- Associated Press - Wednesday, December 24, 2014

NEW LONDON, Conn. (AP) - The author of a 238-year-old manuscript has been identified as a minister from the Mohegan Tribe, a finding by Yale University researchers that tribal members say provides insight into one of the most revered figures in their history.

The document dated Dec. 24, 1776, gives the account of deathbed utterances from a young woman who had returned to Mohegan after some time away.

The Day of New London (http://bit.ly/1GXfNUE) reports that editors with the Yale Indian Papers Project concluded that the manuscript was written by Samson Occom, one of the first American Indians to be ordained as a Christian minister. Occom is a central figure in the Mohegans’ cultural history as an ardent missionary who promoted Christianity throughout New England and upstate New York.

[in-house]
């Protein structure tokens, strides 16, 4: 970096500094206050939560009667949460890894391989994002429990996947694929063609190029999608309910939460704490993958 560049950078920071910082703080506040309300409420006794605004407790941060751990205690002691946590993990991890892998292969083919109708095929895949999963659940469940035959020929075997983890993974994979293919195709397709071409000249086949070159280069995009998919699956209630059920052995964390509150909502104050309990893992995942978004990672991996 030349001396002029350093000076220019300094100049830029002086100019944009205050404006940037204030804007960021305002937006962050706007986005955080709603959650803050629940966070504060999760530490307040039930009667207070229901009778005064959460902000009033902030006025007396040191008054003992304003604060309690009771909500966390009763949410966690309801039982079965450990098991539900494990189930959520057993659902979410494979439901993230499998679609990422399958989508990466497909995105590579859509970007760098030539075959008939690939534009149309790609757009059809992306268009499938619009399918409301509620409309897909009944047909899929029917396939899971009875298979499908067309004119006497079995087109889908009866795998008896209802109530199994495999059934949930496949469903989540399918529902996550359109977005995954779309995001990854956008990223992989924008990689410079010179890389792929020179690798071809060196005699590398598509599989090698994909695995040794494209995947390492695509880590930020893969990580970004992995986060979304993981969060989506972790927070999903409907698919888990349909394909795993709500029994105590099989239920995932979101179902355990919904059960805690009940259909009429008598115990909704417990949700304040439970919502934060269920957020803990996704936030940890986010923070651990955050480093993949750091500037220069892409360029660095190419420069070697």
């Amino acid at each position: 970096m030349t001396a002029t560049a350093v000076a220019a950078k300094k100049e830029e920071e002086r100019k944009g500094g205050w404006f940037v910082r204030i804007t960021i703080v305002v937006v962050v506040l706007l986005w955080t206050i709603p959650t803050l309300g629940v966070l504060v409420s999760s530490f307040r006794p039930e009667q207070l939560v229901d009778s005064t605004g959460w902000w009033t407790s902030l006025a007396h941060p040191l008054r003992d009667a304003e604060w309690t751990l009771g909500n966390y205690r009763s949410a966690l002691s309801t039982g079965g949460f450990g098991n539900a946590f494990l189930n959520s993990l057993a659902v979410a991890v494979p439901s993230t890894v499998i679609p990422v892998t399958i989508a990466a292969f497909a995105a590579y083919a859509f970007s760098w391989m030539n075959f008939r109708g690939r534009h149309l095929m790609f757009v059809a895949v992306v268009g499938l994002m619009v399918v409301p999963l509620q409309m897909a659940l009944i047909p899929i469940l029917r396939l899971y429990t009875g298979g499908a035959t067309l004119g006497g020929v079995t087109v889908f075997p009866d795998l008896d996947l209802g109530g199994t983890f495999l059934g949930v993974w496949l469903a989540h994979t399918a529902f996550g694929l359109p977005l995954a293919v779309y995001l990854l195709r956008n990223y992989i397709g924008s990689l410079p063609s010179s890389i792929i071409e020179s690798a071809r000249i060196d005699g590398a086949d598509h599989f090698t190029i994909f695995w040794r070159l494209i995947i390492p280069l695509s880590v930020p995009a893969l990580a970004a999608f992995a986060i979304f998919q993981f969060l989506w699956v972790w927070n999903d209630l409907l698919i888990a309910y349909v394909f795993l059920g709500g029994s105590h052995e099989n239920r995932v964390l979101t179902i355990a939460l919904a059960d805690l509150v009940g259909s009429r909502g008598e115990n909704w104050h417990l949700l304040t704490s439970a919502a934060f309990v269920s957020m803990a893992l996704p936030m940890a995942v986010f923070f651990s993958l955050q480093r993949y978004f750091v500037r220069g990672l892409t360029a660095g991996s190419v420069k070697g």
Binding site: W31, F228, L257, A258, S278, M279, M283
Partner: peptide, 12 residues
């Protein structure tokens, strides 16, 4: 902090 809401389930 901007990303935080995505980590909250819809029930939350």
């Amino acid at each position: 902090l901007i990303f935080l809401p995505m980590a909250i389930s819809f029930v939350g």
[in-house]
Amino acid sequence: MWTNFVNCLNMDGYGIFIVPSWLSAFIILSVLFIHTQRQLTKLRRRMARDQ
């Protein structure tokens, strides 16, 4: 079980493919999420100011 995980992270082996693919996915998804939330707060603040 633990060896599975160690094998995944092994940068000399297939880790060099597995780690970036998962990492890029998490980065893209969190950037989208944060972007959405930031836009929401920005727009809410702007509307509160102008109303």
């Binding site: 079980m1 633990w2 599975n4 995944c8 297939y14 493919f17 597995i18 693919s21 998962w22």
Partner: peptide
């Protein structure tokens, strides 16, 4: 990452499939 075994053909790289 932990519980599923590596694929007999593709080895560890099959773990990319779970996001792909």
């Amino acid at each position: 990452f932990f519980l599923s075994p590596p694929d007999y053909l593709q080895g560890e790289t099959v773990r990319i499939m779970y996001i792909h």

“It’s a great discovery, a treasure,” said Faith Davison, a retired Mohegan archivist who serves on the Yale project’s board of advisers. “It’s a piece of Occom we didn’t know existed.”

The researchers could not determine the name of the dying woman. In Occom’s account, she refers to her father, believed to be Robert Ashbow, and “Uncle Sam,” who researchers believe to be Samuel Ashbow Sr., an Occom mentor. Samuel Ashbow Jr., who would be the woman’s cousin, was the first Native American killed in the Revolutionary War at the Battle of Bunker Hill.

In the manuscript Occom appears to be trying to assure the woman’s relatives that she died “a true Christian.”

The research on the unsigned journal began when the Leffingwell House Museum in Norwich alerted the Yale researchers to Mohegan artifacts at the museum. The identification, based on Occom’s handwriting, was made by Yale project editors Paul Grant-Costa and Tobias Glaza.

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